Being a typography-phile, I love the art and beauty of typography. It was one of my favourite courses to teach in a college computer graphics program. Boldly I fought the rules taught by typing teachers to compensate for limitations of the typewriter. With computers we are able to adhere to the long-standing typesetting rules, like one space after a sentence not two.
And I love dashes! Three different dashes with three different purposes. The smallest, commonly called a hyphen, is used to connect two related things such as long-standing. The en dash is used to indicate a range or replace the word to when writing something such as M–F or pages 121–129. And finally, the em dash is used to indicate a pause or further thought — when you want to say something further like this or can be used instead of parenthesis.
By far, my favourite is the em dash. When writing, I often want to indicate a pause in the character’s thinking and the em dash with spaces on either side beautifully brings the reader to pause. It admirably does the job of replicating what happens in thinking. We have all had the experience of pausing while speaking because we are thinking, then after a pause we add an additional thought. The em dash did a great job at indicating that pause. I love the way it puts on paper what happens in our minds and in real life.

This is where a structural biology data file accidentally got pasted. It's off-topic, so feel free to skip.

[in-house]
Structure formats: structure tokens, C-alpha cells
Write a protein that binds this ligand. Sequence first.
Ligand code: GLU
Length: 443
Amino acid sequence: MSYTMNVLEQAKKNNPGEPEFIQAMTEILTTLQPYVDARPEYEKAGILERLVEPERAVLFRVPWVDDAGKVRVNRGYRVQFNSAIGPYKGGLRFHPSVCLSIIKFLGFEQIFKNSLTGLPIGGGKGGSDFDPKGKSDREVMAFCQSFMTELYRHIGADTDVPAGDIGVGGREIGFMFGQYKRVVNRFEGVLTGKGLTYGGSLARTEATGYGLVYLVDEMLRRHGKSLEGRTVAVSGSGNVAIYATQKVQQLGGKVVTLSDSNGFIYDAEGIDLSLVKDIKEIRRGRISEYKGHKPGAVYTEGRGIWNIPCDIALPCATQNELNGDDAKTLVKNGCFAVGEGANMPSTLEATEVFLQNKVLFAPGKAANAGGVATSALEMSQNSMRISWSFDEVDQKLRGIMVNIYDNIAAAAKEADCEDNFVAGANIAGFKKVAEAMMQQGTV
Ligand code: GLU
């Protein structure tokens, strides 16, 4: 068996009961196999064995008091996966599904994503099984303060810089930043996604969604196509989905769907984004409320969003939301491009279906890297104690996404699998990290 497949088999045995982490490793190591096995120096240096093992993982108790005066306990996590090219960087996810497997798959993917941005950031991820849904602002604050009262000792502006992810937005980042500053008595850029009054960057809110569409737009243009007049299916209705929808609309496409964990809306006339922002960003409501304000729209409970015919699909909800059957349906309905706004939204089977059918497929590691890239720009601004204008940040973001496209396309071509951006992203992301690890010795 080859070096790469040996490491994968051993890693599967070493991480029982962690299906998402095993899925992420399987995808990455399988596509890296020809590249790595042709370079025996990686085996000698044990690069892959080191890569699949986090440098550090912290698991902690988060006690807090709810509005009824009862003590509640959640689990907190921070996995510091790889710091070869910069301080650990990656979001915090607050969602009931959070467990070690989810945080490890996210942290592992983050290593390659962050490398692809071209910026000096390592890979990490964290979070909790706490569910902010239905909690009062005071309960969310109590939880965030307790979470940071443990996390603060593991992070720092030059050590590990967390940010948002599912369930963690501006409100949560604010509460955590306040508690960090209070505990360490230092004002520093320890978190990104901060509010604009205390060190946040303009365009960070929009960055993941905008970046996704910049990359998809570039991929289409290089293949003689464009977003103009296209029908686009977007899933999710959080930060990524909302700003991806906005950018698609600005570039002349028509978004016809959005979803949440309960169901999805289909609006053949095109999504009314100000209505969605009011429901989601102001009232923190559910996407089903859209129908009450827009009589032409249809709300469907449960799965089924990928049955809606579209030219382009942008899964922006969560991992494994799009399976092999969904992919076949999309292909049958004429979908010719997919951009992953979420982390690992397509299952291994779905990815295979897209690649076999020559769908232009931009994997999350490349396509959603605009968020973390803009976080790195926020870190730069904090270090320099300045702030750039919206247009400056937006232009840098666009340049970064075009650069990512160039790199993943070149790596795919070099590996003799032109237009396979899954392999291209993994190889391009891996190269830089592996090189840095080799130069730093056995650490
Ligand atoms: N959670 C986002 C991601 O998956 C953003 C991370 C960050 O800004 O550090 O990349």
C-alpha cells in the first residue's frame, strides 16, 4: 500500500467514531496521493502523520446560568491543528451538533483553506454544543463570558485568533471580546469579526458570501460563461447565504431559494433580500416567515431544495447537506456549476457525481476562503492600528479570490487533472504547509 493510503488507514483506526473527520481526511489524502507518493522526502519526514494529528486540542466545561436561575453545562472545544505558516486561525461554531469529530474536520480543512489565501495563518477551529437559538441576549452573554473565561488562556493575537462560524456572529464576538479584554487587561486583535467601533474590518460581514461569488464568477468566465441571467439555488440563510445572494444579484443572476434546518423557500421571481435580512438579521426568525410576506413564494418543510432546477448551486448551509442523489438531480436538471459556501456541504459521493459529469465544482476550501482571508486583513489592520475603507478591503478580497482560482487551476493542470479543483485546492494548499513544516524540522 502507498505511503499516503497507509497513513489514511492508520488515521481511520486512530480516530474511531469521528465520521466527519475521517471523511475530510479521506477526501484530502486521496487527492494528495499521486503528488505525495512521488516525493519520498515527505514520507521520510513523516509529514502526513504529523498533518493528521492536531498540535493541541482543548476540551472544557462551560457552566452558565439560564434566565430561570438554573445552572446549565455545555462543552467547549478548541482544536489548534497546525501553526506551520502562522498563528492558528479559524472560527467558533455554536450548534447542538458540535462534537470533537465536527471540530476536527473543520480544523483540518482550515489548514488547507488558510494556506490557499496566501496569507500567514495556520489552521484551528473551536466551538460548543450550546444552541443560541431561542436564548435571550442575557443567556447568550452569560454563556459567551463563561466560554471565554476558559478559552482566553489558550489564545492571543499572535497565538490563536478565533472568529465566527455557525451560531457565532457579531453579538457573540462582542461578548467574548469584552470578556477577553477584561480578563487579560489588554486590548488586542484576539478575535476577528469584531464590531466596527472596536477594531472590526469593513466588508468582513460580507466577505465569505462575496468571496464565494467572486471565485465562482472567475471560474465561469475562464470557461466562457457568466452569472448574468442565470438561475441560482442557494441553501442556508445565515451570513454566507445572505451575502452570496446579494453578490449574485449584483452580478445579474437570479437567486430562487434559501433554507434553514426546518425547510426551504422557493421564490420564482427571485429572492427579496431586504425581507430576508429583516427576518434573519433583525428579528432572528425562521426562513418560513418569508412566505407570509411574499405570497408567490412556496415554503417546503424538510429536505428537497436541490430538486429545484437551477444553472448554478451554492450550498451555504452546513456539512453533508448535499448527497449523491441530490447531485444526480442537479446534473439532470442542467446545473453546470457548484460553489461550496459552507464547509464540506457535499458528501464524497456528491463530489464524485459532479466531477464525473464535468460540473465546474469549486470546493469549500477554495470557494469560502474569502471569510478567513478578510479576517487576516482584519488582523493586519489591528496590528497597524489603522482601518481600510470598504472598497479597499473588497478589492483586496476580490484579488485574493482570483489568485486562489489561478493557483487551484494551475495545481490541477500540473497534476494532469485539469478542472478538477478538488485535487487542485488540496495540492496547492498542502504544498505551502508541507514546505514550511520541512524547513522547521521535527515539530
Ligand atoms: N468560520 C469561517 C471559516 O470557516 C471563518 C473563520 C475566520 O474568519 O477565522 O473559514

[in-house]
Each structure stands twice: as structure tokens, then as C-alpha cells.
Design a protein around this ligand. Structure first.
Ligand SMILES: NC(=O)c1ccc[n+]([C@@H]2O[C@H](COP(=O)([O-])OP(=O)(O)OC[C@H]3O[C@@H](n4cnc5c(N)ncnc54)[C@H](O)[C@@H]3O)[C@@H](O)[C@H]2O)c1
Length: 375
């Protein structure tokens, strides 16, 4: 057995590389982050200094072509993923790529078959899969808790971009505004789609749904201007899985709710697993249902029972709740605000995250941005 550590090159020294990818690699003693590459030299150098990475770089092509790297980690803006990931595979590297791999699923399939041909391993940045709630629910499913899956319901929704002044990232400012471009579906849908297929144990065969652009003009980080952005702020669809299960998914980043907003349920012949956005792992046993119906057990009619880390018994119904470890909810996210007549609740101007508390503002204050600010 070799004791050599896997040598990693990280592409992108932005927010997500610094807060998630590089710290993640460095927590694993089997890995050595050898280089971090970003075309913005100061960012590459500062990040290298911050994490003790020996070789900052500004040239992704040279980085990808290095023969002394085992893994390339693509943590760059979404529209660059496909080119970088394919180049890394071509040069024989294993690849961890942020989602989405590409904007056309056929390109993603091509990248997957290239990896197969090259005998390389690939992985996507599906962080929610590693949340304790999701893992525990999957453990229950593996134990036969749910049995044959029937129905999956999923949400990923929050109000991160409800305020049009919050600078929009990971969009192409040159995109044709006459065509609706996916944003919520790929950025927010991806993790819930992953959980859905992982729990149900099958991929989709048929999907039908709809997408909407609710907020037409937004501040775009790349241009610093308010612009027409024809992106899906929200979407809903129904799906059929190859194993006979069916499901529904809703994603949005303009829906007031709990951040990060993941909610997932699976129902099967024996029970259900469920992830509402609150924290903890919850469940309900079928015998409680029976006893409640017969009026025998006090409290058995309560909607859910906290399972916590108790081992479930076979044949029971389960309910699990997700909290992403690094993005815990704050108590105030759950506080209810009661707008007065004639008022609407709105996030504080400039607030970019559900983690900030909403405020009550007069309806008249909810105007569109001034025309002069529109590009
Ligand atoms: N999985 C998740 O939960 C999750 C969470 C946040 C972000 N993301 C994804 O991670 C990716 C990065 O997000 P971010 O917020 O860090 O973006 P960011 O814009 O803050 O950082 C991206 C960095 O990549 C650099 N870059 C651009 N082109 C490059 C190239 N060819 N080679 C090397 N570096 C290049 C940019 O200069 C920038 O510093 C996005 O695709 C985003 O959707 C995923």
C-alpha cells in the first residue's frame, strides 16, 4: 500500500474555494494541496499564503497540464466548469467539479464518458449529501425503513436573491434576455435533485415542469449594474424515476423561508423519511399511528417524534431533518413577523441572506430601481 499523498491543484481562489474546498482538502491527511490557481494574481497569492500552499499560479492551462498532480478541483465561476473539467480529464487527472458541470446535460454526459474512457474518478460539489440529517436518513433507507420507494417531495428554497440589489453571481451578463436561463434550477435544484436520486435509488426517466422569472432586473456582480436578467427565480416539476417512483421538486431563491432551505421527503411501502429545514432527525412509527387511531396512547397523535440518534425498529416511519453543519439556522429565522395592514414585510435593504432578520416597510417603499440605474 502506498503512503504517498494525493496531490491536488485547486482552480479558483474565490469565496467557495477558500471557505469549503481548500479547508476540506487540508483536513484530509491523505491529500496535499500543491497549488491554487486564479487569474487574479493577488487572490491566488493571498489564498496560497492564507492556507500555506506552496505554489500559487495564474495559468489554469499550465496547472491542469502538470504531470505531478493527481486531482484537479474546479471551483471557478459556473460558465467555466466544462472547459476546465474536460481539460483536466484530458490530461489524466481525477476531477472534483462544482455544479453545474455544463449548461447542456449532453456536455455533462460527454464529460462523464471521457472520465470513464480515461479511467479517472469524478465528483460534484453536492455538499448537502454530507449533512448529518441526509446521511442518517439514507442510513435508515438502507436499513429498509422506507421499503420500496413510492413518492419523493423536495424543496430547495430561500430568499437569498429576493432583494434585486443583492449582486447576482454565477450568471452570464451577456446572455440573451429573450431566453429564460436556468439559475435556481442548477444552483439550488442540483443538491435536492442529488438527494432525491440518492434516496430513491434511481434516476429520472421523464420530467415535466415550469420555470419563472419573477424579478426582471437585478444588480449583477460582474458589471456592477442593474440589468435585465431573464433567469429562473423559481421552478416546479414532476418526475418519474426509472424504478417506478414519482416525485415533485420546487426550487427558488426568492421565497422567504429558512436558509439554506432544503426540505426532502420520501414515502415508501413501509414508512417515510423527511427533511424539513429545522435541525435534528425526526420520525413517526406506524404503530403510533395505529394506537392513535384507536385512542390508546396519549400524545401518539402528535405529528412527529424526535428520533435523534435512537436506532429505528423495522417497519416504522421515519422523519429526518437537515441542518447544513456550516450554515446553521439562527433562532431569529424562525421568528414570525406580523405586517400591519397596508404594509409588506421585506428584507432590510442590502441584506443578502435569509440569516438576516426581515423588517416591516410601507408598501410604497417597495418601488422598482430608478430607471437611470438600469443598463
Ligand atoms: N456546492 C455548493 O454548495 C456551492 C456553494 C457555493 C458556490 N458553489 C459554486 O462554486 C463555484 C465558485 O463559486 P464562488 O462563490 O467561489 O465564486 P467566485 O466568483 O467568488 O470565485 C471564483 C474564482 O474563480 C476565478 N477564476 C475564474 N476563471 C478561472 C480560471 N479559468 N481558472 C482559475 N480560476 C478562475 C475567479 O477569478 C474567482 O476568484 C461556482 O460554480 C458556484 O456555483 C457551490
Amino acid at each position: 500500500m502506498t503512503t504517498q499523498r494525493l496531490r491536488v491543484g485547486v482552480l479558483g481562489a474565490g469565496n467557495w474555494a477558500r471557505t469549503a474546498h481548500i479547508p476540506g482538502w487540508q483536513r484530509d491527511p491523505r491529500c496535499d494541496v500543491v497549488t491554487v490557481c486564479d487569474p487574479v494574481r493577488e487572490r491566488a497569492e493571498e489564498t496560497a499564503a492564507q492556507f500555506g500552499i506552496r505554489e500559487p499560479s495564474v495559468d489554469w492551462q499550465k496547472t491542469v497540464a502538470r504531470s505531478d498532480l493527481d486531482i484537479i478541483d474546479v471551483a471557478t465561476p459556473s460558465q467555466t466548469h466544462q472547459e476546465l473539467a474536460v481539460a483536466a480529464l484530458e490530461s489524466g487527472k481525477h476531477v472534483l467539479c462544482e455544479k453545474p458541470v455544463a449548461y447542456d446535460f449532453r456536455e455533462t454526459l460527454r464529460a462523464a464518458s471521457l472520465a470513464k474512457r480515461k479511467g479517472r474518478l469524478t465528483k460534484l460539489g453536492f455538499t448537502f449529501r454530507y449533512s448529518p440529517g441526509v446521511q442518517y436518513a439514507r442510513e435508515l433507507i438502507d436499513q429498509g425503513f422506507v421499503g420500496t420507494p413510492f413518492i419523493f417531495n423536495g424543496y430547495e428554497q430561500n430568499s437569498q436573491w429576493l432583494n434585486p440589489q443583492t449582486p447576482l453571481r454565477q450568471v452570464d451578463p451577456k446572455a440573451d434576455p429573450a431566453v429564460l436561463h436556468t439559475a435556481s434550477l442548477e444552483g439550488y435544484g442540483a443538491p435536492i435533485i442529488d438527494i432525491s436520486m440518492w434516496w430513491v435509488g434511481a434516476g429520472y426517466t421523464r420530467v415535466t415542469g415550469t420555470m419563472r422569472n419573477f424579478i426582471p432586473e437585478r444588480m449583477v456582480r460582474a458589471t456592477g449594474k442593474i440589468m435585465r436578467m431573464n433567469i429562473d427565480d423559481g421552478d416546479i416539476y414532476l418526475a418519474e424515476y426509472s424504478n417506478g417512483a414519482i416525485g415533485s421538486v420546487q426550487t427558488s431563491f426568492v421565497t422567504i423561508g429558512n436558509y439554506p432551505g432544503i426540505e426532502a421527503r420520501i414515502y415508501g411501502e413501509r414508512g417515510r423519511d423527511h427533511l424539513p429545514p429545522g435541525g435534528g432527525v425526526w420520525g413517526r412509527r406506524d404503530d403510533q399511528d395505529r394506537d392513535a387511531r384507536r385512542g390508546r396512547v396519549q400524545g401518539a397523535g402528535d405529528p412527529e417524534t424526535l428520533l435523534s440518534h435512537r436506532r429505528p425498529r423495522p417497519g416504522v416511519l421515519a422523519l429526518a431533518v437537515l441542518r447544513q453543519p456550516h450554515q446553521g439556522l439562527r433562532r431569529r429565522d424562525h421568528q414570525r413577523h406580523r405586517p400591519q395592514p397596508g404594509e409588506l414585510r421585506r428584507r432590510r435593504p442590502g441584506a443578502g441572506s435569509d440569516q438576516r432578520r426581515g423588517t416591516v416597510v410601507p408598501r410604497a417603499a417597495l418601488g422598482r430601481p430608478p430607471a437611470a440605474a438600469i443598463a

The sad news from my editor is the em dash is falling out of favour. Soon the Chicago Manual of Style will be replacing the em dash with an en dash. Apparently the em dash looks “awful” and it’s hard for the eye to separate from the text — so it is going the way of the dodo.
En dashes will now pick up the work of em dashes. With spaces on either side of an en dash, it should now be used to separate thoughts, and can be used to replace semicolons and colons. Without spaces on either side, the en dash will continue to replace the word to.
Good-bye my old friend — you have worked hard on my behalf. I will miss your length that does bring the reader to pause for a moment. There very thing I love about you others despise and have decided you must end. I guess the world is in too much of a hurry to appreciate the art of a pause. Every time I must use an en dash to break away to a side thought I will mourn your passing.
Rest in peace my friend.
Do you have typographic items you particularly favour?
Any you do not like or use?
Share your thoughts!